Moon Wiring Club originally evolved out of what was intended to be "a peculiar children's book", Strange Reports from a Northern Village." That project got stalled but it did spawn the Blank Workshop website, based on an imaginary town called Clinksell, which has its own brand of confectionery, Scrumptyton Sweets, and a line of fantasy fiction, Moontime Books. The children's book project lives on also in the distinctive graphic look that Hodgson, a former fine art student, wraps around the Moon Wiring releases, drawing on influences including Biba's 20s-into-70s glamour, the strange exquisiteness of Arthur Rackham's illustrations, and Victorian fairy painters such as Richard Dadd. Blank Workshop and Moon Wiring Club is where all of Hodgson's enthusiasms and obsessions converge: "Electronic music, Art Deco, and the England of teashops, stately homes, ruined buildings and weird magic." Not forgetting computer-games music, a massive influence. "There is something about the forced repetition that makes you remember the tunes in a unique way," Hodgson says, adding that in some ways "Moon Wiring Club is meant to be Edwardian computer-game music."
"Still a kid in a lot of ways," is how Jon Brooks describes himself. His journey through music began "at pre-school age", thanks to his jazz session-player father. "Fellow jazzers would come round to record demos or share ideas. There were always instruments and tape recorders lying about." Brooks was proficient on a half-size drum kit his dad bought him before he even went to school. Soon the child prodigy was grappling with guitar, glockenspiel and keyboards, as well as messing with tape recorders and learning from his father about microphone placement. Although his dad died when Brooks was only nine, the son continued to pursue music, avoiding any formal training but studying music technology while helping to teach an A-level class in music technology.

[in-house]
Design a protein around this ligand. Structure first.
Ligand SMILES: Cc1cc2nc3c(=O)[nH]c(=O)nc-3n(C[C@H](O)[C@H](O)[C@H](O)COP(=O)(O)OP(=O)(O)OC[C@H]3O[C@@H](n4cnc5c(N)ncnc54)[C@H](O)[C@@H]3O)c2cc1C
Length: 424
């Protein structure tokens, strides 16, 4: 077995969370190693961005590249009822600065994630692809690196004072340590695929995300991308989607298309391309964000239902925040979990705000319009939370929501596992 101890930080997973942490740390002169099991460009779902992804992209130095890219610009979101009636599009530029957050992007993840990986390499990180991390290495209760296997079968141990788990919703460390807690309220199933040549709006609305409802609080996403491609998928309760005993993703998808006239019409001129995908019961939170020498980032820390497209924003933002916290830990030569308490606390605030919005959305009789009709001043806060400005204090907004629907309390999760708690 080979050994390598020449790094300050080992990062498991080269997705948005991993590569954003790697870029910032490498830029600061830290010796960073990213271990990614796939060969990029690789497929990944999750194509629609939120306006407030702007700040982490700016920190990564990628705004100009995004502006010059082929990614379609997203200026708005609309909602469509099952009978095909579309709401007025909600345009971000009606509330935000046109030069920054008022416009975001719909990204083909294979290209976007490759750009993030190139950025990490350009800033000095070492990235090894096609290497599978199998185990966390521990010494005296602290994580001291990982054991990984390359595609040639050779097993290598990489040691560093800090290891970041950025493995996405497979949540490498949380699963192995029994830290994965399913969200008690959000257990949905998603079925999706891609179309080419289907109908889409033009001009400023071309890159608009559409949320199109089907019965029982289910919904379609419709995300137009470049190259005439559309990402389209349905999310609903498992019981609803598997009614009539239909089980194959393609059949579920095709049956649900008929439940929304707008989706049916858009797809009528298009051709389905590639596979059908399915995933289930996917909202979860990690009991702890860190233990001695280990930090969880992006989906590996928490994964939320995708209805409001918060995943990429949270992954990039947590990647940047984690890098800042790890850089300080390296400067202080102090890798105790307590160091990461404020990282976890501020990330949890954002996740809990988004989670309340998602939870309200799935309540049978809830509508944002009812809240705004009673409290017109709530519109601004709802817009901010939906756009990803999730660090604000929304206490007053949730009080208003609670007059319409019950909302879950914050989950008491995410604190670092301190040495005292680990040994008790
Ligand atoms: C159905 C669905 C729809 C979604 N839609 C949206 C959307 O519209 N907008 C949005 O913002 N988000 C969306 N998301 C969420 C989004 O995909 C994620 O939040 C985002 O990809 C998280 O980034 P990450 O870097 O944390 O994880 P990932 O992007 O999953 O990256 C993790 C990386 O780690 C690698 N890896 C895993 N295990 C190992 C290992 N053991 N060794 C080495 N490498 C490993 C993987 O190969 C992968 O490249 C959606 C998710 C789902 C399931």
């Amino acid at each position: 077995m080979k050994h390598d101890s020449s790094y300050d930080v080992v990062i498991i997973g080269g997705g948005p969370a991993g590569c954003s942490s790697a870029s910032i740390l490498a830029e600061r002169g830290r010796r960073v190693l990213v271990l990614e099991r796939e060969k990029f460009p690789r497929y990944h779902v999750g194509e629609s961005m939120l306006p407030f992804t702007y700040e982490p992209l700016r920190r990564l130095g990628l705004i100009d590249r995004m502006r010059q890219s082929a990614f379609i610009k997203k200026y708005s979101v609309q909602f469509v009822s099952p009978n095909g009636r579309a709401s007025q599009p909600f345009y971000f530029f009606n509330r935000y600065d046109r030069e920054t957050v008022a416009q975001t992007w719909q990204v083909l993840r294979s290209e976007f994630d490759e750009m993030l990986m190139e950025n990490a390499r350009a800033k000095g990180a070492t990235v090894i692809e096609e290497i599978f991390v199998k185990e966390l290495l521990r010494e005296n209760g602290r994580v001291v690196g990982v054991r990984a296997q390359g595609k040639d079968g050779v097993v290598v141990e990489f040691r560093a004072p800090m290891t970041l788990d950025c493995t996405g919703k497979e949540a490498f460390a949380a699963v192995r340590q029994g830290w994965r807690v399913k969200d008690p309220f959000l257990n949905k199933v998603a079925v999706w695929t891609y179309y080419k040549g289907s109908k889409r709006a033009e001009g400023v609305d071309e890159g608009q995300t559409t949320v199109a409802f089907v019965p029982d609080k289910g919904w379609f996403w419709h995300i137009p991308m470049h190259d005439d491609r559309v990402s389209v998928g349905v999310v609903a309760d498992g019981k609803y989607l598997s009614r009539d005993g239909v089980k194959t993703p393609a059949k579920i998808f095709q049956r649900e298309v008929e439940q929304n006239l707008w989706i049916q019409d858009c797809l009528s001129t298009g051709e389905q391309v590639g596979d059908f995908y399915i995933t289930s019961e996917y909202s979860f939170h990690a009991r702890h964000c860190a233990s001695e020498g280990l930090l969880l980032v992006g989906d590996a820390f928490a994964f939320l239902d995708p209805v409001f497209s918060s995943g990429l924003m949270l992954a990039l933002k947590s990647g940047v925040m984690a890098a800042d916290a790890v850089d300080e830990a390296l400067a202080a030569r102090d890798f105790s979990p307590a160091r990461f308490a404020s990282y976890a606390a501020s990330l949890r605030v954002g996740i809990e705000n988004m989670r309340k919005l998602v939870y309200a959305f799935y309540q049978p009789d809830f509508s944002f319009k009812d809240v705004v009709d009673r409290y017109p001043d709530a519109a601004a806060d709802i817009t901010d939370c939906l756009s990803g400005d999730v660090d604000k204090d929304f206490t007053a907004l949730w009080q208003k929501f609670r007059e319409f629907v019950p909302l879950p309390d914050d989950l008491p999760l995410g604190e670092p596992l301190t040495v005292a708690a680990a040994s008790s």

Perhaps his early start with music, along with his later involvement in musical pedagogy, accounts for why Brooks was so intrigued by Electronic Music in the Classroom, an ultra-rare recording that was the byproduct of a course implemented at several home counties schools in 75-76 and which he has reissued through his just-launched downloads-only label Café Kaput. Originally released in a miniscule edition of reel-to-reel tapes and cassettes for the parents of the children involved, this remarkable record is credited to DD Denham, the peripatetic teacher who devised and implemented the course. But the contents are actually the creme de la creme of the work created by participating children. Now retired, Denham stresses that "the concepts were always those of the child. I would help quite a bit with technical realisation, in terms of connecting that concept to a sound. But I always explained to them the steps taken in order to achieve the sound. The children soon picked up various techniques and developed them on their own. So, a little bit of collaboration, but it was more guidance than anything."
Many of the pieces on Electronic Music in the Classroom are disorienting and disquieting, reflecting children's under-acknowledged appetite for the sinister. "Some children would get spooked by each other's compositions or sounds," Denham recalls. "Sometimes an oscillator would emit a loud wailing and lots of other children would gather round the instrument like a magnet, rather than run away. Kids actually love being scared and sound, although harmless in this case, can be scary and thrilling." The reissue comes with the original liner notes, in which Denham recounts some of the quirky inspirations that the children drew on, from a nightmare about nuns, to the unsettling smell of the air expelled from a church organ, to the ghostly flitting figures of poachers seen from afar after dusk.
Then there's The Way the Vicar Smiles, a delirium of drastically warped, vaguely ecclesiastical sounds (what could be church bells, a choir singing psalms). In the liner notes Vicar Smiles is accurately described by its young creators Robert and Luke as "a bit creepy". "The local education authority thought we were probably skating a little too close to the middle with that one," recalls Denham. "You couldn't get away with it now. However, the vicar in question disappeared from his work a couple of years later, without so much as a whisper. Make of that what you will."